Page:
Money laundering accounts for up to 5% of global GDP – or $2tn (£1.5tn) – every year, says the United Nations Office on Drugs and Crime. So banks and law enforcement agencies are turning to artificial intelligence (AI) to help combat the growing problem. But will it work?
Money laundering, so-called after gangster Al Capone’s practice of hiding criminal proceeds in cash-only laundromats in the 1920s, is a huge and growing problem.
“Dirty” money is “cleaned” by passing it through layers of seemingly legitimate banks and businesses and using it to buy properties, businesses, expensive cars, works of art – anything that can be sold on for new cash.
And one of the ways criminals do this is called “smurfing”.
Specialist software is used to arrange lots of tiny bank deposits that slip below the radar, explains Mark Gazit, chief executive of ThetaRay, a financial crime AI provider headquartered in Israel.
“A $0.25 transaction will never be spotted by a human, but transactions of that kind can launder $30m if they are done hundreds of millions of times,” he says.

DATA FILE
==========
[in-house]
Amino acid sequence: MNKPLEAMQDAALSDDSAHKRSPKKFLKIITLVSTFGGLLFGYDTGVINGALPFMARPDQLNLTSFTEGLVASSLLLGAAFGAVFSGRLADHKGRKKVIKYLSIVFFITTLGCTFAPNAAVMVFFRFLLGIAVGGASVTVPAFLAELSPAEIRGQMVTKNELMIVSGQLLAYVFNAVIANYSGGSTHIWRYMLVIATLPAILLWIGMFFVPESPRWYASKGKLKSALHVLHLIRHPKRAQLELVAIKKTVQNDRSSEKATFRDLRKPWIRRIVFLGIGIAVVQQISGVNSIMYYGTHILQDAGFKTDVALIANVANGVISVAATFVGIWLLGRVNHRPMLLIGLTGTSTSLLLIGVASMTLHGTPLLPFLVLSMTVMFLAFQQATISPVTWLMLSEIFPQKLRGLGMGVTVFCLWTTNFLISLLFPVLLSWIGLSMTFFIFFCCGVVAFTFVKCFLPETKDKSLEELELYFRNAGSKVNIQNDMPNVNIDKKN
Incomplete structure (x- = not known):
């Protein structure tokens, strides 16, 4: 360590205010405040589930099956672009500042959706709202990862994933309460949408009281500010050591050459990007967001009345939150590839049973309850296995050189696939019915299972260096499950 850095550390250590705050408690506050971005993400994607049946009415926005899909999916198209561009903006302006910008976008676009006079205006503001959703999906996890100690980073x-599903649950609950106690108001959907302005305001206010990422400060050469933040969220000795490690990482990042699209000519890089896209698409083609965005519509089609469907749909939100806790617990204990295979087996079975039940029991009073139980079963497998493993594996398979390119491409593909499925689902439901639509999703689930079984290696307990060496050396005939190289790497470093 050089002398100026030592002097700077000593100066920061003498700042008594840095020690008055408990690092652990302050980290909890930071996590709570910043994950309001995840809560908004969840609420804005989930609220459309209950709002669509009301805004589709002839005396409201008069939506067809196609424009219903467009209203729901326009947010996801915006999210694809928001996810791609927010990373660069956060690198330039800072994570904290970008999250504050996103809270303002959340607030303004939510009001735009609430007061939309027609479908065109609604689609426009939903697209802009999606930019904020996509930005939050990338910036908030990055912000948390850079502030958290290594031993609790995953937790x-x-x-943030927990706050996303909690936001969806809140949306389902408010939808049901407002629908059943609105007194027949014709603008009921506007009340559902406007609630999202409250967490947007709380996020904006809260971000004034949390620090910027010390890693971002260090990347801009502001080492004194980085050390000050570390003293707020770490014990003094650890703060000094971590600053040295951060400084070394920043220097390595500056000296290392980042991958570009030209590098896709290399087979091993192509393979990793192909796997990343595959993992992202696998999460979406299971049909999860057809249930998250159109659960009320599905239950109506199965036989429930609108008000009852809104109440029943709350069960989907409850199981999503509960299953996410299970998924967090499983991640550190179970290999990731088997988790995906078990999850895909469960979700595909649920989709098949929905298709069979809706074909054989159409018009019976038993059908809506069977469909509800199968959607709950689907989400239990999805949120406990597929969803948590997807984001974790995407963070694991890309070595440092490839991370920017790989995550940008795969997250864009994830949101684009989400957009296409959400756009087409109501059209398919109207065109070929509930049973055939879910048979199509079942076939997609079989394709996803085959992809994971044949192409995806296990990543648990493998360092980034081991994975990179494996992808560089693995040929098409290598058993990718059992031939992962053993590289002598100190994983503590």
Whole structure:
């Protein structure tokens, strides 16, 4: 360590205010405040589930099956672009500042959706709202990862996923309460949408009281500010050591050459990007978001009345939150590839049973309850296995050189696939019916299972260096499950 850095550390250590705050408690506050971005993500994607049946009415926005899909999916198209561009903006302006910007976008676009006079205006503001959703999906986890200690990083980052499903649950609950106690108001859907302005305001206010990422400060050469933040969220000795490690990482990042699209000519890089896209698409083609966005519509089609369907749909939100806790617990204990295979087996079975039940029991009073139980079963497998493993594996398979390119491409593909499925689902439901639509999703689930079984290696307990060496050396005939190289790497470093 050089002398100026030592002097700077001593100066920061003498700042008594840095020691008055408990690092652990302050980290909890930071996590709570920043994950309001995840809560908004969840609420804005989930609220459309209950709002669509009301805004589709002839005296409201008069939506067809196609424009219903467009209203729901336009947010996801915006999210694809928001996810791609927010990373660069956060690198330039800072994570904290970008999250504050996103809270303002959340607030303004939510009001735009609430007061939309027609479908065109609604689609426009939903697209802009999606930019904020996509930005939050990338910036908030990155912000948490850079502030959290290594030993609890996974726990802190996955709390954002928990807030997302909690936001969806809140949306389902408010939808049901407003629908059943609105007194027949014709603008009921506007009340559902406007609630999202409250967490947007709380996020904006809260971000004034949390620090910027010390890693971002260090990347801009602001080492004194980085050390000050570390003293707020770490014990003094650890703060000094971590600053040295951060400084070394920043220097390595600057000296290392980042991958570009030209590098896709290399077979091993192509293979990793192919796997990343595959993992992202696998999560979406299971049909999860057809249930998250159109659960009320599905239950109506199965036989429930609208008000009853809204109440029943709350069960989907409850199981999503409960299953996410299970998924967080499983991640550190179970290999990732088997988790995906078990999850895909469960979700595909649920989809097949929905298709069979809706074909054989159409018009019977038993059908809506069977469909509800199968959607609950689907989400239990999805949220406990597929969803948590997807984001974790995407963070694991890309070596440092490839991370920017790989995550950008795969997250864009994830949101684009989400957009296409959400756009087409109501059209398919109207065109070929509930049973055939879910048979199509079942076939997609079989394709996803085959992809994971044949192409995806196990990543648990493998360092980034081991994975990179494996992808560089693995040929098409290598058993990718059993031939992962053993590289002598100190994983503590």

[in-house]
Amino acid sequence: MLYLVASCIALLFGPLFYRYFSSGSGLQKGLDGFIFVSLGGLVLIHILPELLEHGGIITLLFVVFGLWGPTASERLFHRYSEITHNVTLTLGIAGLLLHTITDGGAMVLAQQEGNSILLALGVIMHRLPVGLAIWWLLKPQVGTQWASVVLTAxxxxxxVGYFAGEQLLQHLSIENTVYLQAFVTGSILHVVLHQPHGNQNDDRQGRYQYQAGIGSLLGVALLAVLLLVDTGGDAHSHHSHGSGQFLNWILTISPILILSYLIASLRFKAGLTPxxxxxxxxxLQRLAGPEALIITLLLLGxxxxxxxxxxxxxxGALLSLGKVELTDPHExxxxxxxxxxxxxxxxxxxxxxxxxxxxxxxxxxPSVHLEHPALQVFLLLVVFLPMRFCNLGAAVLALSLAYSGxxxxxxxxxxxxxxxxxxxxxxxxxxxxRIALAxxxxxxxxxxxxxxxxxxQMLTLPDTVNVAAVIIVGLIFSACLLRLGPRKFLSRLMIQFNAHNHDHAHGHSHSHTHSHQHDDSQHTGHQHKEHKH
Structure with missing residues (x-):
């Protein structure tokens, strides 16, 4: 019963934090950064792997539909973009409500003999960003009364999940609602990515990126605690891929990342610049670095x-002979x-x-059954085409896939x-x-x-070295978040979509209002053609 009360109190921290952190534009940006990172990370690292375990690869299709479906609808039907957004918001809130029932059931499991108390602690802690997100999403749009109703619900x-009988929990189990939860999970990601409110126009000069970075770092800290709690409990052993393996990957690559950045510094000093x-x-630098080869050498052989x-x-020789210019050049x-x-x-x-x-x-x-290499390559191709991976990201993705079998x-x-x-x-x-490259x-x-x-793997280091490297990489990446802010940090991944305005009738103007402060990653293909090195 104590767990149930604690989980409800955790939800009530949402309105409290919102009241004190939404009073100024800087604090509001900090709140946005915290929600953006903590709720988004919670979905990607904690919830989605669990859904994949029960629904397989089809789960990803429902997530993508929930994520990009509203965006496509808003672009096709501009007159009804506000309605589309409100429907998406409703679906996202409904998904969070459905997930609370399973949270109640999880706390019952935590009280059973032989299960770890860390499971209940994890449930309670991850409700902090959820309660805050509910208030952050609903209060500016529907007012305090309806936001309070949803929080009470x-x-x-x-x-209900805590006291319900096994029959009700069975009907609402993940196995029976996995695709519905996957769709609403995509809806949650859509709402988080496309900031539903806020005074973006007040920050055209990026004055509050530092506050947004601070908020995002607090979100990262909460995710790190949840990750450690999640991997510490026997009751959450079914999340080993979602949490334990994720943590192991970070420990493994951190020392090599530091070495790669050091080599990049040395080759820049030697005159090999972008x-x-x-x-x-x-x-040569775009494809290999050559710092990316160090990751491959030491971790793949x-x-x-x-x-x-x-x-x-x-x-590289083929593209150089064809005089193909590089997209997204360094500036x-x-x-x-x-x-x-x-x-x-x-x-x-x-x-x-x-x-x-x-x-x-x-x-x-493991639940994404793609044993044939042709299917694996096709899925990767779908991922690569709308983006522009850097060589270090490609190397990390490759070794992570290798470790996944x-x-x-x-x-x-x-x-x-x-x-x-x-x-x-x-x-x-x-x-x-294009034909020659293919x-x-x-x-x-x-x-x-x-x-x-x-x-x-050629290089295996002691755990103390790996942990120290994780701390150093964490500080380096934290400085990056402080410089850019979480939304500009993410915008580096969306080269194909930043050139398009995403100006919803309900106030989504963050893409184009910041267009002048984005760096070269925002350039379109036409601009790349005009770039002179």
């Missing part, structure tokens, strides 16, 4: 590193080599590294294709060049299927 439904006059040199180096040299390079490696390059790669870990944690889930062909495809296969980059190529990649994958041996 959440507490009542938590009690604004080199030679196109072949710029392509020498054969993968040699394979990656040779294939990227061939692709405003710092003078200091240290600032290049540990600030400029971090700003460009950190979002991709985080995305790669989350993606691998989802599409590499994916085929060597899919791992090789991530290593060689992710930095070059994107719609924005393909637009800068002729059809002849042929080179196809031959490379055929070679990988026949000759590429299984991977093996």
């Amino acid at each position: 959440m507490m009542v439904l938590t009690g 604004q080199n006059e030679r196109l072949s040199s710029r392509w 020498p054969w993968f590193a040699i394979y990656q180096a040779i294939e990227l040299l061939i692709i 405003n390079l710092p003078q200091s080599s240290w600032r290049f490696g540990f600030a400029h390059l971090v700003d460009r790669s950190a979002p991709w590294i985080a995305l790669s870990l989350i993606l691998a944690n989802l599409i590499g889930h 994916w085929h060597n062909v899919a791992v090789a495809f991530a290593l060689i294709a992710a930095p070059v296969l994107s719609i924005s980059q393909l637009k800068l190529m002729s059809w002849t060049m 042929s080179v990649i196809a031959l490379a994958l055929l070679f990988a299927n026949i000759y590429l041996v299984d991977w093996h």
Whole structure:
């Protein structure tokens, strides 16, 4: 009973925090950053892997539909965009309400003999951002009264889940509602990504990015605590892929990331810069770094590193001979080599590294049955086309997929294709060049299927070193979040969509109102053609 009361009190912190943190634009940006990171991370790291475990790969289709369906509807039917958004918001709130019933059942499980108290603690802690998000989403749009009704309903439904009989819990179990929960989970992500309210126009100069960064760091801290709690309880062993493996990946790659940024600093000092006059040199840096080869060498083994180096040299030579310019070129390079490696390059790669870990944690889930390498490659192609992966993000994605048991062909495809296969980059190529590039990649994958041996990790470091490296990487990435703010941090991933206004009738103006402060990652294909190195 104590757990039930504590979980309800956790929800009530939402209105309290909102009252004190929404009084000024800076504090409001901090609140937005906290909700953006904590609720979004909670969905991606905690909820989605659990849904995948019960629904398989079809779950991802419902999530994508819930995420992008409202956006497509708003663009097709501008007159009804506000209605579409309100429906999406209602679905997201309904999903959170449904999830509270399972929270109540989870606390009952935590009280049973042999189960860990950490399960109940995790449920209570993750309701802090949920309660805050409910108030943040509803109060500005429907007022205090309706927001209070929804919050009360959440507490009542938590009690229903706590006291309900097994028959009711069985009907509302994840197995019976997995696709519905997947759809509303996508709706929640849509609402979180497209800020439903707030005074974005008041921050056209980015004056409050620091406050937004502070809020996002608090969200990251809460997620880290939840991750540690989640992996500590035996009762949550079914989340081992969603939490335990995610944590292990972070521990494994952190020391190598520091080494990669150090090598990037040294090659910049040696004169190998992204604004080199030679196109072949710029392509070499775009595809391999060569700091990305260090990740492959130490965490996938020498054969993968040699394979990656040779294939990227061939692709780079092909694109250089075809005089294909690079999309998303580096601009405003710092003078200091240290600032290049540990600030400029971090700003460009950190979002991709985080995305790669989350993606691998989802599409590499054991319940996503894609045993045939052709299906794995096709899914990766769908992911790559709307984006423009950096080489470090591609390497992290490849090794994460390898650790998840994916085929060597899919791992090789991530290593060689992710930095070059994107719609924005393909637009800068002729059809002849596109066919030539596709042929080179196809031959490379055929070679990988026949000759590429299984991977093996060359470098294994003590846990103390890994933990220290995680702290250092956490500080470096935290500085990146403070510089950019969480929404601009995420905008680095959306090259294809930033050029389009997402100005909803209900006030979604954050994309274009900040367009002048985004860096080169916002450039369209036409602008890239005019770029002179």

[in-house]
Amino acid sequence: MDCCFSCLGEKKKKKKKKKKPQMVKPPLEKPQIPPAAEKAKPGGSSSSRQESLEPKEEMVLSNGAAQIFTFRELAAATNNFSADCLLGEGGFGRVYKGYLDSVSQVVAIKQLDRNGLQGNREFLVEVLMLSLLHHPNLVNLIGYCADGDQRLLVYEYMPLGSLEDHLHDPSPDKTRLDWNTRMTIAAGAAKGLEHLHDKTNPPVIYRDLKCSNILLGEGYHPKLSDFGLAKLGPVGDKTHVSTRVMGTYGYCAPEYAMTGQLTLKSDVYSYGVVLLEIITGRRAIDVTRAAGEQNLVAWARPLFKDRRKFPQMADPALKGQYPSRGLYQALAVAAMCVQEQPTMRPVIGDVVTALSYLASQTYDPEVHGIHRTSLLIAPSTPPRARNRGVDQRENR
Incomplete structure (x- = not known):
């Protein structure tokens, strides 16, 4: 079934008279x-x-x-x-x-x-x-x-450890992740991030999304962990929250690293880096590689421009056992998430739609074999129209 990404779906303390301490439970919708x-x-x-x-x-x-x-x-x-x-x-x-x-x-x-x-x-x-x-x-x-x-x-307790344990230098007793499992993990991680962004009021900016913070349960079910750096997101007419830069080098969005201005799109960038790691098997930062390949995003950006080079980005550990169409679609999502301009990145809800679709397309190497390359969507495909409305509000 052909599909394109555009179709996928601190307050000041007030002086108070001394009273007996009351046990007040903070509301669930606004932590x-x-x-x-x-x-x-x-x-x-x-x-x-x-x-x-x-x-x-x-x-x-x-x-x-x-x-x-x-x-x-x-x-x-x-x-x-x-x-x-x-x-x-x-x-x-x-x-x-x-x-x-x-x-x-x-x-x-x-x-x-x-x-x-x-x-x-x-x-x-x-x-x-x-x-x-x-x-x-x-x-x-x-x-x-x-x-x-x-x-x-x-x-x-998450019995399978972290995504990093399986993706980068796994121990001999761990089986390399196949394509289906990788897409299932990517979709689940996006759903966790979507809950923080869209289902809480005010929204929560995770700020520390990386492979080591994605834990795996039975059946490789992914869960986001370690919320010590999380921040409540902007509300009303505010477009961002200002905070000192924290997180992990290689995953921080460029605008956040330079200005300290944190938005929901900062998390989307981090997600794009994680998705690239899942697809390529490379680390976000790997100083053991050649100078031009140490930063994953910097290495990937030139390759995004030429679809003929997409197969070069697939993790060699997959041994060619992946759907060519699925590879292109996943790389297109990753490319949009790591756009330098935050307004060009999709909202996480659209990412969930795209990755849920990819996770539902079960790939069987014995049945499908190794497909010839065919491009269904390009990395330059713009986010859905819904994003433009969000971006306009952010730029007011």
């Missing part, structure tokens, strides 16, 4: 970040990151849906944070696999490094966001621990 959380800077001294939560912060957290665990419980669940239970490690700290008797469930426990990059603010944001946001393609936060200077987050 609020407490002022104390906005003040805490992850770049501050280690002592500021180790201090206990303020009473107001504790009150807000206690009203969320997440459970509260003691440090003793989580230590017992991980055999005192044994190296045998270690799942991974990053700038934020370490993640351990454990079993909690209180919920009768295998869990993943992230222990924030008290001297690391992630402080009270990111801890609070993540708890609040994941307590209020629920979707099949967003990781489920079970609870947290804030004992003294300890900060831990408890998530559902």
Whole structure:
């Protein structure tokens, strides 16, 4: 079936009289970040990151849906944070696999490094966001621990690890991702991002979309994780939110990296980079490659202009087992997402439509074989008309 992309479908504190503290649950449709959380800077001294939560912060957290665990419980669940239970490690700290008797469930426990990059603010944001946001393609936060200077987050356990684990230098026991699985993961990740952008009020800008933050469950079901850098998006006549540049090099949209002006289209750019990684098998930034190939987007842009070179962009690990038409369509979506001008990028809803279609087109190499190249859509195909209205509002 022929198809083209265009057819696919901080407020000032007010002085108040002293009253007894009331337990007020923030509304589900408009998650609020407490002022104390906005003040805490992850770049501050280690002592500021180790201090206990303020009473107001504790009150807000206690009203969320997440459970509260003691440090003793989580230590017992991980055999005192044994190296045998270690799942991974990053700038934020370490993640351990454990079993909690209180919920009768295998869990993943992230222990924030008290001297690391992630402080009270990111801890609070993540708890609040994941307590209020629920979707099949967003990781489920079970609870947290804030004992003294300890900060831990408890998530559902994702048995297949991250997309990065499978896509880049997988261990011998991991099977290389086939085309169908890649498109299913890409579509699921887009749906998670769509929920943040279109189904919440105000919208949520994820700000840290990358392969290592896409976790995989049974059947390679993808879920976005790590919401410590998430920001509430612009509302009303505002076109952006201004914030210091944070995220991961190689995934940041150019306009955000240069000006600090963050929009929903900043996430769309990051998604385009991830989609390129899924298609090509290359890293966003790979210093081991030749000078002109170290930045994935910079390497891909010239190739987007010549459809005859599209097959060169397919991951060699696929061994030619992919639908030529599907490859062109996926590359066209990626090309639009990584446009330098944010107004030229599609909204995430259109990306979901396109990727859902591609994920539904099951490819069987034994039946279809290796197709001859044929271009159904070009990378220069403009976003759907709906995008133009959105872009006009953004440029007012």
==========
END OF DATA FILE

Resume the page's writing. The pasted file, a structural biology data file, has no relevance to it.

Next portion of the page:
And stolen money is often laundered to fund further criminal activity. One recent ATM (cash machine) scam cost banks €1bn (£854m) in total across 40 countries, for example.
“The gang hacked into thousands of ATMs and programmed them to release up to five notes at a certain time – say 3am – at which point a local criminal or ‘money mule’ would pick it up,” says Mr Gazit.
“The money was then converted into Bitcoin and used to fund human trafficking.”
“Money mules” are often recruited to launder this gang cash through their legitimate bank accounts in return for a fee.
“Estimates suggest that not even 1% of criminal funds flowing through the international financial system is confiscated,” says Colin Bell, group head of financial crime risk at HSBC.